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As a beginner guitar player, I'm very annoyed that my picks just disappeared every time I paused strumming for a few moments.

Step 1: What I Used

It's a short list of things I needed, to make my pick magnetic:

-a pick

-a small rare earth magnet (I got it from rolling paper packet, but you can buy them online or some craft stores.)

-a drill bit with the same diameter as your magnet

-a cordless drill

-some superglue

Step 2: Measuring

There's not much to say. It's 5mm in my case.

Step 3: Drill the Hole

Drill the hole somewhere in the middle of the upper half of the pick.
Be careful if you use a very thin pick not to break them.
I used a piece of scrap under the pick to support it.

Step 4: Fit It In

Just push the magnet in. In my case it was a very snug fit, so I think it would have been good to go.

If it's too snug, or you don't get it in, you can use some sandpaper to make the hole a bit bigger.

Step 5: Secure With Some Glue

As I said, I think the snug fit would hold it, but I wanted to be sure, so I applied some superglue and set it to dry.

Step 6: Get Started

Well, it's finished. Start playing, and if you stop, just put it on your E string, or a screw, or wherever it will stick to your guitar, or bass, or ukulele, or whatever.
<p>I love simple ideas that make you smack your forehead &amp; ask &quot;why didn't I think of that!&quot;</p><p>I wonder if it'd slip out of your fingers whilst playing &amp; try &amp; stick to the strings.... brilliant idea, thanks for sharing</p>
<p>Great Idea ! I have been making my own guitar picks for quite some time . When I was a kid , and couldn't afford to buy them , I would cut up pieces of an old plastic bottle into the right shape . Since then I have made them out of bronze from an old broken cymbal from my drum set . sheet brass , and some other materials . My favorite ones are made from .005&quot; ( .127mm ) stainless steel shim stock ( scrap pieces left over from doing machine alignment ) .Just cut them out with tin snips or scissors to the desired shape , and use sandpaper to smooth out any rough edges .</p><p>Cheers , take care , and have a good day !! 73 to all</p>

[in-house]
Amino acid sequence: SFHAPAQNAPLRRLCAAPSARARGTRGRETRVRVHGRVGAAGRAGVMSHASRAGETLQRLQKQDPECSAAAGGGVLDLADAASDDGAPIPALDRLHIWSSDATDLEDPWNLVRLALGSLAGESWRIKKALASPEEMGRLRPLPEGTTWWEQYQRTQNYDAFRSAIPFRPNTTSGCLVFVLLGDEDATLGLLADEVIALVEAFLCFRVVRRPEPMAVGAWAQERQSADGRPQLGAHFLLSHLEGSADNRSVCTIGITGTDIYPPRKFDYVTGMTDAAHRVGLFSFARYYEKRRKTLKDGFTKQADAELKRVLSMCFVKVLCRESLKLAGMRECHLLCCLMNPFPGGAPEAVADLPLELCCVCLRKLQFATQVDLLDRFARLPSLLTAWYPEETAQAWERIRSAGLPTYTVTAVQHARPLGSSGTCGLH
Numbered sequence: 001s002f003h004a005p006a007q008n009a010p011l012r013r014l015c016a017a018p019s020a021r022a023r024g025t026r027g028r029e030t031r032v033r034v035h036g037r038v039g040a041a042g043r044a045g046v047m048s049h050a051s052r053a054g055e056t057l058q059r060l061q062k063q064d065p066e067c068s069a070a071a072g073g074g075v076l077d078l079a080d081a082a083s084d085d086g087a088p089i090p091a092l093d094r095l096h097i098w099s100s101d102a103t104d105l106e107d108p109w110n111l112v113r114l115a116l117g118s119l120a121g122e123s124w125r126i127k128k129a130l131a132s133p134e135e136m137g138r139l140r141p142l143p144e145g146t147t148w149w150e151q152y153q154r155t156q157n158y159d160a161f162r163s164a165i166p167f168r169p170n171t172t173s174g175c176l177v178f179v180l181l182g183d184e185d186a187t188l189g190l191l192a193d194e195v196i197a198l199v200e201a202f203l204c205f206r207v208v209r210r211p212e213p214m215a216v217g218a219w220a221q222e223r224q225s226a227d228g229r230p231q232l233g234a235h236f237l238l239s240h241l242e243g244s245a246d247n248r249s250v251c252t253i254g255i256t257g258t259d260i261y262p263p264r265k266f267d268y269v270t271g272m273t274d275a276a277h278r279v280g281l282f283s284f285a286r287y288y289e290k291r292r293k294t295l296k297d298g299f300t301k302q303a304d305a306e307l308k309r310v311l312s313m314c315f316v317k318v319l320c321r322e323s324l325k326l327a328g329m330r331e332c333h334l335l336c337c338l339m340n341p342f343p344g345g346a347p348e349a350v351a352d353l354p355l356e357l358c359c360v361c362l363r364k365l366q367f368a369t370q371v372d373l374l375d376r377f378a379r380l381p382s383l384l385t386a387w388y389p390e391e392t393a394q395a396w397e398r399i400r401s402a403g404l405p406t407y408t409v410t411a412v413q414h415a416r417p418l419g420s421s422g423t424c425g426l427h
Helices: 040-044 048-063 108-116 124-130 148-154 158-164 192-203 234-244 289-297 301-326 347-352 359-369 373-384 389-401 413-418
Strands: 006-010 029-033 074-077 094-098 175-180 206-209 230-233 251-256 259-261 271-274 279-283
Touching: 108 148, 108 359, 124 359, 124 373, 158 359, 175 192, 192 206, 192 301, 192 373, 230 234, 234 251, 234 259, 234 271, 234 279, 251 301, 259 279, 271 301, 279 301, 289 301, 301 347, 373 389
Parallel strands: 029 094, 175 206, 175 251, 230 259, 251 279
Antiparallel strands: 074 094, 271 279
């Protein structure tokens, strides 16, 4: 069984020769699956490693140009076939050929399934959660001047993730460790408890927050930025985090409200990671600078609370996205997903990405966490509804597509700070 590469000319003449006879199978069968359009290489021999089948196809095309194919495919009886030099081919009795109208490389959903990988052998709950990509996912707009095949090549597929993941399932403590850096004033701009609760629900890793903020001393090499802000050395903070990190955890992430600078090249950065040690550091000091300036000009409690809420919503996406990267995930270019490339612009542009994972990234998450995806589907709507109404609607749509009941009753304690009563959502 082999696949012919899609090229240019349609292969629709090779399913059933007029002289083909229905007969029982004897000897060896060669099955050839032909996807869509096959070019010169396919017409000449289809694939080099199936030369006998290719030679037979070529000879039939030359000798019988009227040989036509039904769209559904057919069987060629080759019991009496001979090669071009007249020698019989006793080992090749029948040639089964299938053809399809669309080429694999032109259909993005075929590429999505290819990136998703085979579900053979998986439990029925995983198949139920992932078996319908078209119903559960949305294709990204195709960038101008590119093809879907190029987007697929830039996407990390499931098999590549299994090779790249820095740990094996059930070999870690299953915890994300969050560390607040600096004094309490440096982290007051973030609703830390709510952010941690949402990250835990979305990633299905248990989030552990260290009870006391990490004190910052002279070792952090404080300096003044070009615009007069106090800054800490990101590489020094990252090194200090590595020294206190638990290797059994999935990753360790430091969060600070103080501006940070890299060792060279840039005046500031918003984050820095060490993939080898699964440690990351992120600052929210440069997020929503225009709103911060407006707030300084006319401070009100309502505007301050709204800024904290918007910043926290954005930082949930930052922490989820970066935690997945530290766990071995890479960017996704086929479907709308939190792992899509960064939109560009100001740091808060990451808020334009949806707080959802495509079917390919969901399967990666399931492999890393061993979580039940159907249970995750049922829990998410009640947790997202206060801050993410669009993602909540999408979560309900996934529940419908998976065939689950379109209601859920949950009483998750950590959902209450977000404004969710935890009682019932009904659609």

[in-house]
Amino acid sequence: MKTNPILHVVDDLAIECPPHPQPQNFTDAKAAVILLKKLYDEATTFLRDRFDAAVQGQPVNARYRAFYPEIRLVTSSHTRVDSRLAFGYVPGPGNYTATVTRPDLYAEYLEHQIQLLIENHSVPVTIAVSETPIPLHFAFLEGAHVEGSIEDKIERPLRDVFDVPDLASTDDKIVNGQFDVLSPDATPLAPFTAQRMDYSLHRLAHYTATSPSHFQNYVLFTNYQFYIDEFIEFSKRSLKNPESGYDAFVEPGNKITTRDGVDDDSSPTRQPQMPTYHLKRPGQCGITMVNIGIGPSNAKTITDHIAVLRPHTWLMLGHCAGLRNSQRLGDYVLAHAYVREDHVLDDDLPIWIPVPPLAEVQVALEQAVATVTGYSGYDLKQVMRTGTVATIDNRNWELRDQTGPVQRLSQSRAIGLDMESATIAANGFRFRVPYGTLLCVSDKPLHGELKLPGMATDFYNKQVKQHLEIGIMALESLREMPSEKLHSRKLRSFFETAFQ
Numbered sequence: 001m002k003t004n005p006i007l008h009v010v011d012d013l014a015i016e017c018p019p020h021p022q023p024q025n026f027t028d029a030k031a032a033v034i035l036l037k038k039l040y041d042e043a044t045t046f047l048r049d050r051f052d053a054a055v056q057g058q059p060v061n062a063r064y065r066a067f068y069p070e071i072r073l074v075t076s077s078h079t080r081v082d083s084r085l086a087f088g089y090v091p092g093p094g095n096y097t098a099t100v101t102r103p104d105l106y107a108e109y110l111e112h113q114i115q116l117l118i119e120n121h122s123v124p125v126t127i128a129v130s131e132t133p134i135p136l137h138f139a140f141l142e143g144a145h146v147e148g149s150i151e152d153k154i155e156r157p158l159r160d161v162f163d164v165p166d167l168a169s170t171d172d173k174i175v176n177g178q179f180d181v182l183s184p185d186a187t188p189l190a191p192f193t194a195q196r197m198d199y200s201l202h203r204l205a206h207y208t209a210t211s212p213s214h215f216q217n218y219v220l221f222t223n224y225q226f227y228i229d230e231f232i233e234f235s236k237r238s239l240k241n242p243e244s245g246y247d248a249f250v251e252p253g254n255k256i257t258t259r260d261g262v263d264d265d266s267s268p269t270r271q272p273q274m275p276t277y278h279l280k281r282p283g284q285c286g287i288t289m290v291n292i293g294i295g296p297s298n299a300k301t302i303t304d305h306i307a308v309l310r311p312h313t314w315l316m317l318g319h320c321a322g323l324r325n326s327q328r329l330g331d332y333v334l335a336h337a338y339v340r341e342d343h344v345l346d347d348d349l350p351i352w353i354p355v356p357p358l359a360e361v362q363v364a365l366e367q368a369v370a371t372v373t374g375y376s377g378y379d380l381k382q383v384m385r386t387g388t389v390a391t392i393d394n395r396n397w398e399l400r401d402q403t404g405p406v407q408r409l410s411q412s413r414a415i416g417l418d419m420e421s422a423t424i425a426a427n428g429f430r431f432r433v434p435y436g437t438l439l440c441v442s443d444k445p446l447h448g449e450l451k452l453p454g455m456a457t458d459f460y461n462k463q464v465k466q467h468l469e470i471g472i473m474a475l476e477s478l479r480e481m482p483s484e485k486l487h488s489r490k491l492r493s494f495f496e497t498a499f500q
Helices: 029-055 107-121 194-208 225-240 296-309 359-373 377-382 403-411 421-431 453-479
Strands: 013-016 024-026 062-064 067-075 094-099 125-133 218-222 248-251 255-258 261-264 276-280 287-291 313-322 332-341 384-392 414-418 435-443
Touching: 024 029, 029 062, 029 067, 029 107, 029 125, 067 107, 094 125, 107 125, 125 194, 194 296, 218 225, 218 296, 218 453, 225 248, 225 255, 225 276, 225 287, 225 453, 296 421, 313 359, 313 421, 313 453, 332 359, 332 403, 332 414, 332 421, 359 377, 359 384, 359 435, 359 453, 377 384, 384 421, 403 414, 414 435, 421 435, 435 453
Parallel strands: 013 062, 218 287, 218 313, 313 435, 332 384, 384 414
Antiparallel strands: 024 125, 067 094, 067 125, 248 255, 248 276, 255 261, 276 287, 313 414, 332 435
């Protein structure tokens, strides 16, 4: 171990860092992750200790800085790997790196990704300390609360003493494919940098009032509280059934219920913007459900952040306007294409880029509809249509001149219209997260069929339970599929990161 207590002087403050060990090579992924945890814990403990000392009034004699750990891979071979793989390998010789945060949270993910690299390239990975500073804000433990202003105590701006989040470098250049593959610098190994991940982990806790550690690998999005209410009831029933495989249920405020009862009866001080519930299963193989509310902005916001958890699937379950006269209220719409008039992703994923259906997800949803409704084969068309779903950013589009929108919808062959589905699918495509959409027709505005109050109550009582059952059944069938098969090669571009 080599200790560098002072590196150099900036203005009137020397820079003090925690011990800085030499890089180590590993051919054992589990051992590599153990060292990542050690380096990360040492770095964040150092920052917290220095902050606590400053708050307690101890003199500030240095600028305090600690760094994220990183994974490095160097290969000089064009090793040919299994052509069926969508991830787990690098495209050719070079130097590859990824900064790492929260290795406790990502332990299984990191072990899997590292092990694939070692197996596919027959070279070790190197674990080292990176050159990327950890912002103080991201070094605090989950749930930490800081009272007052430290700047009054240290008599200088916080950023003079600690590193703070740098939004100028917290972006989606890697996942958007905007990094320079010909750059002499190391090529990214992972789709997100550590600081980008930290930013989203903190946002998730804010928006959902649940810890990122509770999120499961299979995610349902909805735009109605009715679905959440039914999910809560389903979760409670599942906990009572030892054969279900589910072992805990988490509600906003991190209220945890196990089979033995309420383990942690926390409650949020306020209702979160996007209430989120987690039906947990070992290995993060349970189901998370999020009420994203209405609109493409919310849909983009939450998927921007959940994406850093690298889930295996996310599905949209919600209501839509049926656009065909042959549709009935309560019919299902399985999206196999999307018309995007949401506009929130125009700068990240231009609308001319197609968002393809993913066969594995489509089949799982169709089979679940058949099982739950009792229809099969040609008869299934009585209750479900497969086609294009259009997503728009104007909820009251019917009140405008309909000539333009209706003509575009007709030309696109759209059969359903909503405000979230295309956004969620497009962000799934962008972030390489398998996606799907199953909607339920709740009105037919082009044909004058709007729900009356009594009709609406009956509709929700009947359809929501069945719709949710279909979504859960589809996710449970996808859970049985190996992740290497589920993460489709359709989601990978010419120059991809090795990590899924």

I love the idea of bronze picks! I love bronze. But I think they only work well on steel strings. A steel shim would chew up your nylon strings pretty fast.
The stainless steel shim stock I used is flexible and springy , more flexible than a plastic pick . ( bronze picks are really stiff ) It was made by ALOMA :<br>http://www.aloma.com/<br>It can be purchased from McMaster Carr , and other vendors . When I was doing precision machine alignments , I would trim the shim stock to the proper size , and the left over pieces I would use to make picks . All of my guitars have steel strings , I haven't played one with nylon strings in years . They have a good sound , but the type of music I play , the nylon strings don't fit in , Oh well , to each his own .<br>Cheers , take care , and have a good day ! 73 to all
<p>This is a very good idea! I'm fed up with picking them up from the floor or even worse, losing them altogether... </p>
well, if you attach the pick to your strings, it can fall of if you move the guitar too fast, especially if you play on nylon strings, which are only wrapped in steel. I found out that the screws on my guitar hold them really well. Try to find the right spot. Or glue a magnet to the neck of your guitar.
I play an electric guitar, so the string material is not a problem. But... the idea of a magnet on the guitar's neck is very good. I'll definitely try it :) Thanks for yours ideas!
Great idea! Does the added magnetic flux into the string affect tonal quality ;)
I'm sorry but I don't know, only own two acoustic guitars.
So amazing

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